This Is the Echidna Penis. I Echid You Not.

The short-beaked echidna (Tachyglossus acelatus), also called the spiny anteater, is one of those bizarre half mammal half reptile Franken-animals from down under known as monotremes, an order whose more familiar representative is the duck-billed platypus.

short-beaked echidna

The short-beaked echidna, Tachyglossus acelatus

In Greek mythology, Echidna was a half nymph half snake monstress, the mother of the fearsome Chimera, Hydra, Gorgon, and countless other creatures in the Greek pantheon. That this she-beast is the namesake of the humble and sometimes adorable short-beaked echidna may seem unfair, but this, dear reader, is only because you are unfamiliar with its great and awful penis.

What terrible secrets do you hold, little echinda?

What terrible secret do you hold, little echinda?

I warn you: the following video is not for the faint of heart.  Better persons than I have been unraveled by what are about to see, some very dear to me. But they did not understand the burden of this profession, that as penile scientists we must accept the sublime with the terrible, often at the same time.  Now prepare yourself, and,

Behold, the four-headed Hydra birthed from the belly of Echidna!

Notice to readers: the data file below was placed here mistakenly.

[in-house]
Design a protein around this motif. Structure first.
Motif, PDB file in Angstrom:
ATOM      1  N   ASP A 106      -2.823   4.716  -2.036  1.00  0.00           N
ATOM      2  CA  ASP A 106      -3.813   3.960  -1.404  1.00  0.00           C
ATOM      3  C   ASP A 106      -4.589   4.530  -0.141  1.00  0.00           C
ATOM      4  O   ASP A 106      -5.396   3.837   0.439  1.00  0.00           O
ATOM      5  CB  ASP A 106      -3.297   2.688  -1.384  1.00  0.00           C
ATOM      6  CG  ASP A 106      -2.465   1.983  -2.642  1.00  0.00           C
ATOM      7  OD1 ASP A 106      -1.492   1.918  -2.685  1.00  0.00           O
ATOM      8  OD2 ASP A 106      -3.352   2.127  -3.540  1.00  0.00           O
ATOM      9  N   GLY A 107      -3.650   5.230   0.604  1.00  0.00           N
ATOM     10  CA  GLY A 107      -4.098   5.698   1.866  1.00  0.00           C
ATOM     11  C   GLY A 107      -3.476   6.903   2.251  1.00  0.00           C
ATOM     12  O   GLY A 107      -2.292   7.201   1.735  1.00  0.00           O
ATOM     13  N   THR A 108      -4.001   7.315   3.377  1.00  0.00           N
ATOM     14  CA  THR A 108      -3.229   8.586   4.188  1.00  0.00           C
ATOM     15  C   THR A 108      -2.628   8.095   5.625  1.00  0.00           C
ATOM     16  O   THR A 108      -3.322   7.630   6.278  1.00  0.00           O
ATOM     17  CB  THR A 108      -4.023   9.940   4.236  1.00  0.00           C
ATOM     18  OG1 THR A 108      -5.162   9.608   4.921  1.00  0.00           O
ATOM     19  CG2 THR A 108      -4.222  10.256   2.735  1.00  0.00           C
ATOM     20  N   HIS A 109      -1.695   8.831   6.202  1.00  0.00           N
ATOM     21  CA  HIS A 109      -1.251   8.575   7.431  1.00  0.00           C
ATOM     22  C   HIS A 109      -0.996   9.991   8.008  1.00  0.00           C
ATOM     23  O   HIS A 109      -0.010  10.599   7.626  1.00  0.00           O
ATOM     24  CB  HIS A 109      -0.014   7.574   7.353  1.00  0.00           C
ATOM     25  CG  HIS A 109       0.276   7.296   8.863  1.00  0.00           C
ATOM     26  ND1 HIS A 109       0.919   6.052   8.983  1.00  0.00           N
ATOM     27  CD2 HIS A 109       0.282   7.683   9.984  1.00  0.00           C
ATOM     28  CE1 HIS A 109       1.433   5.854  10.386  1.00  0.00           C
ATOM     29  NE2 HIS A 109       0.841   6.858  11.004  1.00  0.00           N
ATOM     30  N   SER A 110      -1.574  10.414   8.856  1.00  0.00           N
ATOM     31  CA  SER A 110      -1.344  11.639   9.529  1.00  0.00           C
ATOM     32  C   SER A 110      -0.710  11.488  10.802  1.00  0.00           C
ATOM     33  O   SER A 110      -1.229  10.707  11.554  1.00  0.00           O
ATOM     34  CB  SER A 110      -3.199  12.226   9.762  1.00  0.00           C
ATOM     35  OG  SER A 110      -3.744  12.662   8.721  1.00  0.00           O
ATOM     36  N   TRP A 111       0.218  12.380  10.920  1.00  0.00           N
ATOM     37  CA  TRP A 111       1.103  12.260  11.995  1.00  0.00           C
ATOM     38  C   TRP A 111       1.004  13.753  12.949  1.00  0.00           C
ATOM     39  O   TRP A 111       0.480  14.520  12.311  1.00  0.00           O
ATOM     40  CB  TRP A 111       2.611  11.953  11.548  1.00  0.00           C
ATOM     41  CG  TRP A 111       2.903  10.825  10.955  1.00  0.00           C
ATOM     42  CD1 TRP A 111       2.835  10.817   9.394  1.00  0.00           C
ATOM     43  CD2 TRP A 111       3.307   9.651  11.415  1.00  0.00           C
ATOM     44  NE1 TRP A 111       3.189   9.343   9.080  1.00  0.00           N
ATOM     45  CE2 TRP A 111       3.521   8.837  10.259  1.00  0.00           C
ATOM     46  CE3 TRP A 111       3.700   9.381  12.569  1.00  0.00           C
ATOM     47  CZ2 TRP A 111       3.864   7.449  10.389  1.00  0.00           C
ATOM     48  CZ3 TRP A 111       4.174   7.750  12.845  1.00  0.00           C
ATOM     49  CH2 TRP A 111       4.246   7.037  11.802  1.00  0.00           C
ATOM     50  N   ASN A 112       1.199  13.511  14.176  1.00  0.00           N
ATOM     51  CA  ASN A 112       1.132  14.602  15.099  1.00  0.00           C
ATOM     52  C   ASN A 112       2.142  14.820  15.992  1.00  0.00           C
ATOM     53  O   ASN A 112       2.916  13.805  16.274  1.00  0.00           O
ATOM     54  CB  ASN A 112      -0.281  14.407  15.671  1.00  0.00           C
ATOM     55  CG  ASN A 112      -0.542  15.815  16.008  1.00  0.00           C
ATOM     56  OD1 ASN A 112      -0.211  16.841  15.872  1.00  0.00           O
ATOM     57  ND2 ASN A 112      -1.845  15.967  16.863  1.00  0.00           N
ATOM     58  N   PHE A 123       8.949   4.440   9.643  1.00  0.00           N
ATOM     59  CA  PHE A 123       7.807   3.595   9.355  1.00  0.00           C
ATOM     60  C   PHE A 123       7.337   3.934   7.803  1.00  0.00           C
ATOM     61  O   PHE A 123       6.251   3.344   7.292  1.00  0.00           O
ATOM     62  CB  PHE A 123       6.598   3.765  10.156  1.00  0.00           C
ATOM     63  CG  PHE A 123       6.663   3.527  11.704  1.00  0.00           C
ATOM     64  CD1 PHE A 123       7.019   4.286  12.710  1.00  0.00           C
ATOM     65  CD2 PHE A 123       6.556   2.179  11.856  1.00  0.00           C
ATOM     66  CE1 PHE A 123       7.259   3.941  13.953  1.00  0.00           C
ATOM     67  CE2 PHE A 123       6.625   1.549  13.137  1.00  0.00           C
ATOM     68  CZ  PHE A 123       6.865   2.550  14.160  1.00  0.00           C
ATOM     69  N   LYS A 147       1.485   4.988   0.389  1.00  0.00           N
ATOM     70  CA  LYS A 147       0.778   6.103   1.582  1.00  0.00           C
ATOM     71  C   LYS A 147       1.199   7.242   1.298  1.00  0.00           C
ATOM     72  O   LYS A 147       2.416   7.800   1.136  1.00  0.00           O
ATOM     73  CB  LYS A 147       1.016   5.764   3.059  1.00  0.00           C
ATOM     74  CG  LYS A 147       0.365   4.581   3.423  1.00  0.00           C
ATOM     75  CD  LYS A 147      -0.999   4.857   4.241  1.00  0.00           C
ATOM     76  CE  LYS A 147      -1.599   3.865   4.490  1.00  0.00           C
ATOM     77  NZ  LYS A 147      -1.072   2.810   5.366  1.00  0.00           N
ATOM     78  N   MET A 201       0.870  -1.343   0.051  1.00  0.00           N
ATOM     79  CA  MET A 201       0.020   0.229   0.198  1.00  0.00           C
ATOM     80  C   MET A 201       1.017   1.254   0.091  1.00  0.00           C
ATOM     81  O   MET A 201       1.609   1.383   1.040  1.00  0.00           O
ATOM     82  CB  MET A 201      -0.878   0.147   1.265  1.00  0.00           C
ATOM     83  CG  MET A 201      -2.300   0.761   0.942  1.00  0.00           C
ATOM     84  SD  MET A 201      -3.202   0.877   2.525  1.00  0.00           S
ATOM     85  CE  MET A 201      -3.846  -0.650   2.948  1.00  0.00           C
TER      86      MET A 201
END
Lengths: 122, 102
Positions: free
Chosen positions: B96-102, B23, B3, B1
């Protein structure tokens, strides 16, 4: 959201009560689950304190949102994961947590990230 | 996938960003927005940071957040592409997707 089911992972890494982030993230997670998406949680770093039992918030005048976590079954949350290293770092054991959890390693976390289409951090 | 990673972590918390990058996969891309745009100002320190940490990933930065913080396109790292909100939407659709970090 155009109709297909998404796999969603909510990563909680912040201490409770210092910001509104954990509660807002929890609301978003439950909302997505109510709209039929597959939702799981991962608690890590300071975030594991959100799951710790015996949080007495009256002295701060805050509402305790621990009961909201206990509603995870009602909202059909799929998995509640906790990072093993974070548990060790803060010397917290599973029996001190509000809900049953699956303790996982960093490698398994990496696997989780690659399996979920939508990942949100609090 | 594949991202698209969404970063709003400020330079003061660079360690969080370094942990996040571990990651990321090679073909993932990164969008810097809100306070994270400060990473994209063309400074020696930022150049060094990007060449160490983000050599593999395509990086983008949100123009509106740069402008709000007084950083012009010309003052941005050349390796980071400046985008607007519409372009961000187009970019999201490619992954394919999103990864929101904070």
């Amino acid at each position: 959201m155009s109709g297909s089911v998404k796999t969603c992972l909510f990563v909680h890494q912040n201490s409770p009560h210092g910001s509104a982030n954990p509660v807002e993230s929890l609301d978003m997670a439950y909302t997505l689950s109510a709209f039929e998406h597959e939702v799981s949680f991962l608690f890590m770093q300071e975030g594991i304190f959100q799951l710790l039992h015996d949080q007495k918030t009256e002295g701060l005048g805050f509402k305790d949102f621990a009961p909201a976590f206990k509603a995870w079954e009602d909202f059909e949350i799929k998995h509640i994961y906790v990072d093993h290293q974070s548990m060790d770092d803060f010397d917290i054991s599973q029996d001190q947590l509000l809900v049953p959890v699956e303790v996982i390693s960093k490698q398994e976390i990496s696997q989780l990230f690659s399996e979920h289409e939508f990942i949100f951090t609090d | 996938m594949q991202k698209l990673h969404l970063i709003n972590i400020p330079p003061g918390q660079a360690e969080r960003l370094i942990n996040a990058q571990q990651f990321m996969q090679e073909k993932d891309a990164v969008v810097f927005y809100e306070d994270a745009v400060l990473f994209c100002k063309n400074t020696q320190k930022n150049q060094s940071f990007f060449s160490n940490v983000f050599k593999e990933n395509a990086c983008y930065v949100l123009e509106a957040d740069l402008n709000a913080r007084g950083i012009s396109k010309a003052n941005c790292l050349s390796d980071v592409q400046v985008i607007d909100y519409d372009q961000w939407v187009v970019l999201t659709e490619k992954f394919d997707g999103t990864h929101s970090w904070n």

So now after watching the video five or six times in a row, agape and speechless, your trembling awe finally subsiding, you may ask aloud in a quaking voice, “Why, oh God, why is it like this?”  To answer this we must abandon Mythology and give ourselves over to Science.

The reason the echidna’s penis is so unusual has to do with its reptilian evolutionary heritage. Male reptiles typically have a pair of penes, known as hemipenes, only one of which is used during copulation.  Additionally, some hemipenes fork at the tip, for a total of four penile prongs (see fig. 1a). Echidnas seems to have inherited precisely this style of doubly bifurcated reptile penis, but fused into a single mammal-like penile shaft (fig. 1b).

Fig. 1: (a) forked hemipenis of snake Atractus attenuatus (b) echidna penis.

Fig. 1: (a) Single forked hemipenis of the snake Atractus attenuatus (Meyers and Schargel, 2006). (b) Echidna penis